In fact, women and minorities — traditional groups for whom the speech codes were enacted — often are the ones punished under them. It is instructive to note that the defendants in the early hate-speech cases were religious or political speakers. In Cantwell and Chaplinsky, they were Jehovah’s Witnesses; in Terminiello, a Catholic priest (albeit under suspension from his bishop at the time for racist speech), and in Feiner, a college student appealing to blacks to revolt against racist oppression.
Defining hate speech
The difficulty of defining hate speech significantly complicates attempts to draft laws against hate speech. What might work for scholarly or general discourse surely would not be adequate for the formulation of laws. Is the definition in terms of what the speech reflects, such as bigotry, bias, prejudice, anger, ignorance, and fear? Or what the speech conveys: intimidation, vilification, subjugation, eradication? Does it matter whether the speech occurs in a face-to-face encounter, in an online diatribe, in a novel, in a newscast, during a classroom presentation, or as part of a political candidate’s campaign? Can hate speech be defined as a list of words, or does the context of those words count? Which is more important in determining hate speech, the intent of the speaker or the reaction of the audience?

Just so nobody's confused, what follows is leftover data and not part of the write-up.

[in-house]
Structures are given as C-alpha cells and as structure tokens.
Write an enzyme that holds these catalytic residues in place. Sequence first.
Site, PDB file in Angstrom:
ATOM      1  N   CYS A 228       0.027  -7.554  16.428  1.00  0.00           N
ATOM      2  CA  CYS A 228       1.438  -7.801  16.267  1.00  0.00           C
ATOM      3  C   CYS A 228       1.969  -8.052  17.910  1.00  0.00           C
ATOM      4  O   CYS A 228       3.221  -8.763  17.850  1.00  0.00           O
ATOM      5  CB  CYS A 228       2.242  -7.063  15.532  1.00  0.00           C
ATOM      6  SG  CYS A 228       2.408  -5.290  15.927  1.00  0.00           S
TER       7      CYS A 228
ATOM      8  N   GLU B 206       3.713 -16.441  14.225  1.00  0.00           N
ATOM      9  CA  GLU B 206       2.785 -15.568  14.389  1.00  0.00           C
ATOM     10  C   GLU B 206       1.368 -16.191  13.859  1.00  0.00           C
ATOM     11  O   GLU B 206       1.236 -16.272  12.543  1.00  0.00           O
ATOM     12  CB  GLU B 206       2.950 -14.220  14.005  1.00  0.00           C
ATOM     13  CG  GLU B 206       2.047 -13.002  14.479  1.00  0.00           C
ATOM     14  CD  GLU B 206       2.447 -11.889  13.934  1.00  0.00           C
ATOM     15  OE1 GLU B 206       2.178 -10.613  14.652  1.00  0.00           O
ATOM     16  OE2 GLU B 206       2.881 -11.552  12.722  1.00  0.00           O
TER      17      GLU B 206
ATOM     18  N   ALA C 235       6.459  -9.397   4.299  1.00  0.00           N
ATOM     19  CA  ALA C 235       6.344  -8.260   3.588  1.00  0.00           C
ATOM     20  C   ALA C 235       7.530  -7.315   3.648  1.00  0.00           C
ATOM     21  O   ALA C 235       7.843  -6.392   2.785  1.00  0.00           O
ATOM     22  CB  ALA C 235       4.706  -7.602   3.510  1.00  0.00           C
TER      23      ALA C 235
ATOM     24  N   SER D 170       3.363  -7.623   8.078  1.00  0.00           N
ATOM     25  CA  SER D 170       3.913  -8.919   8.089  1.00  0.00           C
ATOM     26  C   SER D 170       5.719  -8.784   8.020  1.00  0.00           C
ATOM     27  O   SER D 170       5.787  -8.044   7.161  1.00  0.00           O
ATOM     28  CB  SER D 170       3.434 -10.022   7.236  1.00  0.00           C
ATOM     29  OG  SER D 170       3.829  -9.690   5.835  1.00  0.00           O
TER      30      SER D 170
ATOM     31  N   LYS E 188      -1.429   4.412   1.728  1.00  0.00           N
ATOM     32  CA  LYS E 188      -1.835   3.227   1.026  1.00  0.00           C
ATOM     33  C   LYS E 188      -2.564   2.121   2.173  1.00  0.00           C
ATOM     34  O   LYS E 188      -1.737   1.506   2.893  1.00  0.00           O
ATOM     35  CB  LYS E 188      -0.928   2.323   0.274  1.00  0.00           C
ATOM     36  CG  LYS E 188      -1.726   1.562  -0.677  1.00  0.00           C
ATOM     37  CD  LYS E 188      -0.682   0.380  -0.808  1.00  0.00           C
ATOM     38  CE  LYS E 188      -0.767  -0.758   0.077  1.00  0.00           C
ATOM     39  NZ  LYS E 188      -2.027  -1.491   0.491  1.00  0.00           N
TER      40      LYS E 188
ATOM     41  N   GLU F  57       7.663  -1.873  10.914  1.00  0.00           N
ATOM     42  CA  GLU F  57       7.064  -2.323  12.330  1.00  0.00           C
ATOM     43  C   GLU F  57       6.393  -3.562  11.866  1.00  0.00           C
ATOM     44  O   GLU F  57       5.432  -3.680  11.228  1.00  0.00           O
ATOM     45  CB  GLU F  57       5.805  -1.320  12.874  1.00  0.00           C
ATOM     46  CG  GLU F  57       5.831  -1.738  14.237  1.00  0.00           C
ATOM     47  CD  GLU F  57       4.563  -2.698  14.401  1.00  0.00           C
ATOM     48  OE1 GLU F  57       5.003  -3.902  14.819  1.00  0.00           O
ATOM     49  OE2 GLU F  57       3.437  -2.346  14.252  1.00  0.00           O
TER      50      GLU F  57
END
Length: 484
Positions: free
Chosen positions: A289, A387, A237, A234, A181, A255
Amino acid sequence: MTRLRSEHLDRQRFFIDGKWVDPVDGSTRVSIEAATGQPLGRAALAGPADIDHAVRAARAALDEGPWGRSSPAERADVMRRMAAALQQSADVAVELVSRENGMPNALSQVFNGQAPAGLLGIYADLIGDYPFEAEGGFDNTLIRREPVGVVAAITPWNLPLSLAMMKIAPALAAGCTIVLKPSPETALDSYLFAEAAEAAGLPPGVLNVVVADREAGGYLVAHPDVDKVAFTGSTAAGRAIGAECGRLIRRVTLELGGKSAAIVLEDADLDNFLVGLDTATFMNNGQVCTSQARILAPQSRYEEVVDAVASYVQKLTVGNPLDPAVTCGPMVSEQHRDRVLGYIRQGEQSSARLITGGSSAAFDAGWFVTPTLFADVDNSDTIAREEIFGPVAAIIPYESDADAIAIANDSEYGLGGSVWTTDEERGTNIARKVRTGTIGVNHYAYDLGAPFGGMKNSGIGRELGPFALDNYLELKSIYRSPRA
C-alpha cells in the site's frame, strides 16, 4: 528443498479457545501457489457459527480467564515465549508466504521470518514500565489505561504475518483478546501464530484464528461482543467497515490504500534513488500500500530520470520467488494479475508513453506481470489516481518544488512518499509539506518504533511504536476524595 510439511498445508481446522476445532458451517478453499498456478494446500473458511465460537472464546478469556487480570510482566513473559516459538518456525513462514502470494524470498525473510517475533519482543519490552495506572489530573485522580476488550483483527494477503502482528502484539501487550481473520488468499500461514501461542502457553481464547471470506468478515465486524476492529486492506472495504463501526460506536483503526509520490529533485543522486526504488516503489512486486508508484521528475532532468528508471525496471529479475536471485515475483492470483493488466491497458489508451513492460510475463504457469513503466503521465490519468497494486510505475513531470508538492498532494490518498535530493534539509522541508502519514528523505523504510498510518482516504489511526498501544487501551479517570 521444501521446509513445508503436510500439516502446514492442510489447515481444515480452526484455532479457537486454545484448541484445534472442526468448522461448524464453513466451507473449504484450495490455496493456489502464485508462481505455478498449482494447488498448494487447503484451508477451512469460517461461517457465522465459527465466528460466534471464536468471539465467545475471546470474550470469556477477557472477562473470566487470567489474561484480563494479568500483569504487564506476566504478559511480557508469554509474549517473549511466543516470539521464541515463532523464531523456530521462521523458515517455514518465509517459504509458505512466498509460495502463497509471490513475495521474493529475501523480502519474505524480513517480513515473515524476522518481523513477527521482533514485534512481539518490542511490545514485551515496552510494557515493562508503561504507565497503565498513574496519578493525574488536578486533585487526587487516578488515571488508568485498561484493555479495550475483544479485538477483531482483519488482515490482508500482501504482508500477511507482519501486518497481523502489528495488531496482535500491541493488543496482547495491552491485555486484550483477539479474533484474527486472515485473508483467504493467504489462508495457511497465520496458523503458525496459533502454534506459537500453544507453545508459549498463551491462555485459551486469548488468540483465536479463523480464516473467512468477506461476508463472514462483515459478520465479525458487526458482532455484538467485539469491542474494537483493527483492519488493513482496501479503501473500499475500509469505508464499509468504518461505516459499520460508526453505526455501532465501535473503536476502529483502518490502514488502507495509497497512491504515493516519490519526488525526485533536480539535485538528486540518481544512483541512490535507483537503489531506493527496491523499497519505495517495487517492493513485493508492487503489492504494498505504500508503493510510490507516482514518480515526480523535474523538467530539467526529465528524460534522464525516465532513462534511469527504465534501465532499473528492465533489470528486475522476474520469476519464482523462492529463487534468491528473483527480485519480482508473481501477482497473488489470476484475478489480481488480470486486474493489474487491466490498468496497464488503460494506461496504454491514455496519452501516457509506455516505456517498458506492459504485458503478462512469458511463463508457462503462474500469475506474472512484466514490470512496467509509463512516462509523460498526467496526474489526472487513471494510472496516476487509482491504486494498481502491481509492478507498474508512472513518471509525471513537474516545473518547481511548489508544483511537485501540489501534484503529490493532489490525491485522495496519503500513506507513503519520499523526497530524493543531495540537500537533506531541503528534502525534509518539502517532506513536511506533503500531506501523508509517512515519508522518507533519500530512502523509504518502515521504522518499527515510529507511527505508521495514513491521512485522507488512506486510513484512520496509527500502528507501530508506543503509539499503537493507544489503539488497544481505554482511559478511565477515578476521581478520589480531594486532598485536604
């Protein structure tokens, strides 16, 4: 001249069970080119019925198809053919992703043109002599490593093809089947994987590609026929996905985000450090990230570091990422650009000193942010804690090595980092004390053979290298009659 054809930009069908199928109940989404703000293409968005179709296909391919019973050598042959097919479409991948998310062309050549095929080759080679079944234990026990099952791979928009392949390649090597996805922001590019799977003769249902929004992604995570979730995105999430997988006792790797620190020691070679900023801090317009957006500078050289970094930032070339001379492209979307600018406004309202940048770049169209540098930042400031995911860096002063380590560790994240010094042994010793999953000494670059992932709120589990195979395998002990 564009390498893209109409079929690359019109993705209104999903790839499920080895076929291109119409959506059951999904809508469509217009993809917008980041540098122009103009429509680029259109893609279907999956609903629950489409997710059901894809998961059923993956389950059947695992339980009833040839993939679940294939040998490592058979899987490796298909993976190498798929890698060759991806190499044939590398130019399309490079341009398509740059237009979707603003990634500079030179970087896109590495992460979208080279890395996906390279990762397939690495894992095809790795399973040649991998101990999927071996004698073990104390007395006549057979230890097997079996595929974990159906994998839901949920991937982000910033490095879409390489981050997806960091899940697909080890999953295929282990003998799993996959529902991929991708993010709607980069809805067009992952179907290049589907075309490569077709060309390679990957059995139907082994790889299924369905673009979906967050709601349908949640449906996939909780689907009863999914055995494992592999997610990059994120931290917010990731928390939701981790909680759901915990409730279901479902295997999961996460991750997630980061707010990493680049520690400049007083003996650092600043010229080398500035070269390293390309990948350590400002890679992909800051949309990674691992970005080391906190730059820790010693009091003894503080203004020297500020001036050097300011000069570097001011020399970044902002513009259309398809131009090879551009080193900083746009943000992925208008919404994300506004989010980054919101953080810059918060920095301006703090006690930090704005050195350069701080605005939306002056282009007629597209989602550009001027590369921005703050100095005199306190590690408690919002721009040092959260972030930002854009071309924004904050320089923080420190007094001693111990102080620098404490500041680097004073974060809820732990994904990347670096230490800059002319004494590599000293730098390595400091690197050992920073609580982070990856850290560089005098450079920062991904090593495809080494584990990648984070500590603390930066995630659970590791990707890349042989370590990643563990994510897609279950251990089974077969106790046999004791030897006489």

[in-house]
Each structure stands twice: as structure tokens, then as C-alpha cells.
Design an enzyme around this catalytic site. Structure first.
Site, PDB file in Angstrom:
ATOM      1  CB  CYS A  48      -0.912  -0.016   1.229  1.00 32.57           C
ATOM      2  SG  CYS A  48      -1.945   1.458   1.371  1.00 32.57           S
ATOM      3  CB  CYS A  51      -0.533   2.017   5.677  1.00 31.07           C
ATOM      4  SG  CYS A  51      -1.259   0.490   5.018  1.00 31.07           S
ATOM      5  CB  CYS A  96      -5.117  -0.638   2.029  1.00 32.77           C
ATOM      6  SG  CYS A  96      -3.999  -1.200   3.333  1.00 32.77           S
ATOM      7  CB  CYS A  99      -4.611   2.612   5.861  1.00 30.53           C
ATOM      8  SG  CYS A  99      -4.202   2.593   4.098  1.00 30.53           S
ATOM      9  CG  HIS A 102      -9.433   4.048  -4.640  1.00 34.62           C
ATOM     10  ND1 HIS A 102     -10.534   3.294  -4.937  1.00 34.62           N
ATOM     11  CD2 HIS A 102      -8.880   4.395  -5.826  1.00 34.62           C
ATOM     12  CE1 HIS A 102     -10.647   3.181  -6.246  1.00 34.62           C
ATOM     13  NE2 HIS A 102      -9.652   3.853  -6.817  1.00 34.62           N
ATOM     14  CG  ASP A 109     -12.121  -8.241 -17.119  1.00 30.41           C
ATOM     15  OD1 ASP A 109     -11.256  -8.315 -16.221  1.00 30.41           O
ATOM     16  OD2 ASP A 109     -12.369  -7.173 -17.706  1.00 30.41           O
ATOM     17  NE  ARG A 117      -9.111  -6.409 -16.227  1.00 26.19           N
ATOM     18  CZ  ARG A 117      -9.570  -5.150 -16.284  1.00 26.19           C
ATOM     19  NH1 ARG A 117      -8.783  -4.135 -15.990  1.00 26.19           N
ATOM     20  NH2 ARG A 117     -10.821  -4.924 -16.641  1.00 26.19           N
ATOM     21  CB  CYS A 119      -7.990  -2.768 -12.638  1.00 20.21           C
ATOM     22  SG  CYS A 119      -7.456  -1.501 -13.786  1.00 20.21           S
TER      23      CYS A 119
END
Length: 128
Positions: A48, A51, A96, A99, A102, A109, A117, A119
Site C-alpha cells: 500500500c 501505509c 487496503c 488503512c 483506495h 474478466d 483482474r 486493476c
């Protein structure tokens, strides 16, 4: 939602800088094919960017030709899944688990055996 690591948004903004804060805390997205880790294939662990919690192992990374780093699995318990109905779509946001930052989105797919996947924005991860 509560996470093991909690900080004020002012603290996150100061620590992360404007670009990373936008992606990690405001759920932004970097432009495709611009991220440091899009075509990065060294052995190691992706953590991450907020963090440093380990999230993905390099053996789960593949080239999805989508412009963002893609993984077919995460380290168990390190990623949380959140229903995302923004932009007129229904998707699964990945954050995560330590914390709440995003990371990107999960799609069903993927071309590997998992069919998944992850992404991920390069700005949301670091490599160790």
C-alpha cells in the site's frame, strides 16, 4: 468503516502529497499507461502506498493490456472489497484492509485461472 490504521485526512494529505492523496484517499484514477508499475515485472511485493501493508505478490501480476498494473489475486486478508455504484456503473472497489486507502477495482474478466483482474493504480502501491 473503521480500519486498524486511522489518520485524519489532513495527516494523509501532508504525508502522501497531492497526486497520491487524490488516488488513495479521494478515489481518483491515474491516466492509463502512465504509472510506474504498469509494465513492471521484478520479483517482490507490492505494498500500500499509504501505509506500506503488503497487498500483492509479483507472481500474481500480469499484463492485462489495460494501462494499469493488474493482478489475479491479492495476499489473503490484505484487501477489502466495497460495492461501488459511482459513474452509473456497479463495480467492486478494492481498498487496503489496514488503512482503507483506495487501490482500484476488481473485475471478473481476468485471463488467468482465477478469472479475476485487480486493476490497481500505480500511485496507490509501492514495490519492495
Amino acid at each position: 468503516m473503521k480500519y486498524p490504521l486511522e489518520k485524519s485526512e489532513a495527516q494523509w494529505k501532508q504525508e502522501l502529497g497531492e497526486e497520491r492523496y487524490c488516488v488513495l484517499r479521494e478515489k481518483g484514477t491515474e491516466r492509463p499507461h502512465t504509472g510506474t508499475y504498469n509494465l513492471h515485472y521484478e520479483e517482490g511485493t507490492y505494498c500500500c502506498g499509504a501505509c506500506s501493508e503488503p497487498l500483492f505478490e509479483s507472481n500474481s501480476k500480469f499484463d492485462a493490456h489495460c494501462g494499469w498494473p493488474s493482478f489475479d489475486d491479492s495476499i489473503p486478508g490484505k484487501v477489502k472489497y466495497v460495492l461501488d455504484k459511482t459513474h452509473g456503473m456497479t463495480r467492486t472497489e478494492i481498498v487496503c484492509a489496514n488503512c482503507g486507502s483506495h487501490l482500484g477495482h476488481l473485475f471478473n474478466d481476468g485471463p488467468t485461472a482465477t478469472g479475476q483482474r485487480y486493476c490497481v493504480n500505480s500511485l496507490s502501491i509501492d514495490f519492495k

Once a definition of hate speech is codified in law, the problem becomes one of determining how it is applied and to whom it is applied. Should a law proscribe certain words and thoughts for one group of Americans but allow them for oppressed groups that have appropriated the language of victimization and discrimination as a strategy for combating hate?
For hate laws to function, hate groups must be designated for special punishment of their words and views and victim groups must be designated for special consideration — a seductive prospect in light of their history of oppression. Ultimately, however, it is an inconsistent and possibly disastrous principle to embed in law, given the potential for arbitrary justice as well as a hardening of the hate lines. Further, to punish hatemongers for thoughts and words instead of actions is to alter the essential nature of our social and political compact.
The problem with hate-speech laws
Hate-speech laws encourage appropriation of victim groups’ identities by groups that until recently had not been considered oppressed. The list of such “outsider” groups is growing. For example, an Oregon law includes along with the traditional criteria such designations as political party, purchasing power, union membership, social standing, or marital status, to name a few. As this list of victim groups expands, the universe of protected speech shrinks.
Hate-speech laws can work to silence individual members of victim groups if the speech against others falls within the definition of hate speech or if individuals within the group are only allowed to represent that group in their speech. They would be prevented from criticizing or harshly characterizing members of their own group or other victim groups.